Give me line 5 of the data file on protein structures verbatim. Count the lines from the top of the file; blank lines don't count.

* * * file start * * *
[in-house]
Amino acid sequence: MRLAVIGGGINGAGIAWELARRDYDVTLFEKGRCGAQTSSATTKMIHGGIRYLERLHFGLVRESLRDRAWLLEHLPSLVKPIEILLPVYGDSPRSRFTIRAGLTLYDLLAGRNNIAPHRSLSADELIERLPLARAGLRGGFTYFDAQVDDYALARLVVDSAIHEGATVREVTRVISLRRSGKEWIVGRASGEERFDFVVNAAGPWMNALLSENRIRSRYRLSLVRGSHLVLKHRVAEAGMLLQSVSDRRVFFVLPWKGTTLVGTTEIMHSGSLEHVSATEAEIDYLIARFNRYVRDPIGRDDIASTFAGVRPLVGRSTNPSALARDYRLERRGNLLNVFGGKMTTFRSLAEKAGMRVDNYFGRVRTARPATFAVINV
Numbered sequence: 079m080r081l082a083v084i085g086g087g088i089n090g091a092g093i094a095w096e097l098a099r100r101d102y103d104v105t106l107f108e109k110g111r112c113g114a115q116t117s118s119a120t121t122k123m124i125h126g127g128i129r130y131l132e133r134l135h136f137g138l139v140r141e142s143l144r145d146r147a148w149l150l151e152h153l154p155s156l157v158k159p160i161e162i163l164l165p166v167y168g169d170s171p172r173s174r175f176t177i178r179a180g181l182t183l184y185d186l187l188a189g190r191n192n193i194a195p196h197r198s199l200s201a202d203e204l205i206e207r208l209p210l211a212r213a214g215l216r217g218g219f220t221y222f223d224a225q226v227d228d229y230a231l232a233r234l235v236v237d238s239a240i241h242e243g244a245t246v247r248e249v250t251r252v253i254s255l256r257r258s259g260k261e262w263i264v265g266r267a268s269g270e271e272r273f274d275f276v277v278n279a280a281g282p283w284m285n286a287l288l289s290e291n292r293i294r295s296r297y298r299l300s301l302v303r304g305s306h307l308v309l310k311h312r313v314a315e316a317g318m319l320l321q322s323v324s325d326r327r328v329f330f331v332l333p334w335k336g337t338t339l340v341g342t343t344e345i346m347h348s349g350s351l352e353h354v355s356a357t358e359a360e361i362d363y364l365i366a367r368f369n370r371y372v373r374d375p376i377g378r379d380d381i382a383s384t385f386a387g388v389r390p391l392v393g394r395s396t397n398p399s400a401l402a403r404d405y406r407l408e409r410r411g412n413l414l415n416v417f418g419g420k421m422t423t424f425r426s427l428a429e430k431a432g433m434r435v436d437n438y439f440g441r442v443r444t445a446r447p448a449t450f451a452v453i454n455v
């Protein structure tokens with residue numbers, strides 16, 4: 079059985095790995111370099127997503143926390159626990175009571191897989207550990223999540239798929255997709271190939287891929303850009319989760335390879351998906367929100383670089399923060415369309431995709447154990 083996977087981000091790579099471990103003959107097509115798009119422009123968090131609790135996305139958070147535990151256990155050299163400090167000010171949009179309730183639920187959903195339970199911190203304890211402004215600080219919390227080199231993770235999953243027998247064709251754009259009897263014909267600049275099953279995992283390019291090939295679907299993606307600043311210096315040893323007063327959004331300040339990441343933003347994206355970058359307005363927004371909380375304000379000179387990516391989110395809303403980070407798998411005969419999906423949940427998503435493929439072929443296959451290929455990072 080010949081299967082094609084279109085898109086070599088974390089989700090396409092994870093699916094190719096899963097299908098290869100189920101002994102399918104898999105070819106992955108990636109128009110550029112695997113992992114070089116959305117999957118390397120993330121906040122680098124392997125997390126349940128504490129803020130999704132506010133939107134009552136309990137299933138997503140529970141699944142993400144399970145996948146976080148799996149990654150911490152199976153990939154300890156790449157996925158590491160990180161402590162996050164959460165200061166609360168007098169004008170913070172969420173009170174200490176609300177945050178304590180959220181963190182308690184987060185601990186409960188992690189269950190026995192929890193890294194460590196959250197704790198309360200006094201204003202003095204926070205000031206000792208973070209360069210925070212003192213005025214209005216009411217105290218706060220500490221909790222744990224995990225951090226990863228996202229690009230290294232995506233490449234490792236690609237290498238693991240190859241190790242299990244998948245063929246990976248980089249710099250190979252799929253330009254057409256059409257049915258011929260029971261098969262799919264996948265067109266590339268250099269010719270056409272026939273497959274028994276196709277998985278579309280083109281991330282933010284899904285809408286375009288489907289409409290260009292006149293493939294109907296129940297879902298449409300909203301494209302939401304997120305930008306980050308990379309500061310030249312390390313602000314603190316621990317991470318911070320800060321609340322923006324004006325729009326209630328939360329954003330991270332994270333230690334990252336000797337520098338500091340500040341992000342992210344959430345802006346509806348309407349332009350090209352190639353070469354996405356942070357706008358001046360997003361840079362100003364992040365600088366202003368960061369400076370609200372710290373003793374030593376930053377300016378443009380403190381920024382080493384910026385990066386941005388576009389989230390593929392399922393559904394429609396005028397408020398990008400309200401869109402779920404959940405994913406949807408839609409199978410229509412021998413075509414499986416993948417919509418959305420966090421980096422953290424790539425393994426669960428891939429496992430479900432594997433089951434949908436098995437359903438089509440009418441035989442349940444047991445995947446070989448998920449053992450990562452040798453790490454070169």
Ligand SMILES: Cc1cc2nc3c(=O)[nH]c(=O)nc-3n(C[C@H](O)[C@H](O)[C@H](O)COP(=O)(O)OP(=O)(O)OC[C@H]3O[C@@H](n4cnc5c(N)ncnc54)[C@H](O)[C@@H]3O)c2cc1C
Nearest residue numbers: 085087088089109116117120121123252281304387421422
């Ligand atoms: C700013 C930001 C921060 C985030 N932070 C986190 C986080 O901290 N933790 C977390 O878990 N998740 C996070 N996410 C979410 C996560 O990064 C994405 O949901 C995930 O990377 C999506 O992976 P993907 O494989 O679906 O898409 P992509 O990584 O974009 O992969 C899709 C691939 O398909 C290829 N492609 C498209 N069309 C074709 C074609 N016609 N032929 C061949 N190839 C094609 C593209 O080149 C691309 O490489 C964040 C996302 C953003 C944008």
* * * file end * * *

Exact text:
Ligand SMILES: Cc1cc2nc3c(=O)[nH]c(=O)nc-3n(C[C@H](O)[C@H](O)[C@H](O)COP(=O)(O)OP(=O)(O)OC[C@H]3O[C@@H](n4cnc5c(N)ncnc54)[C@H](O)[C@@H]3O)c2cc1C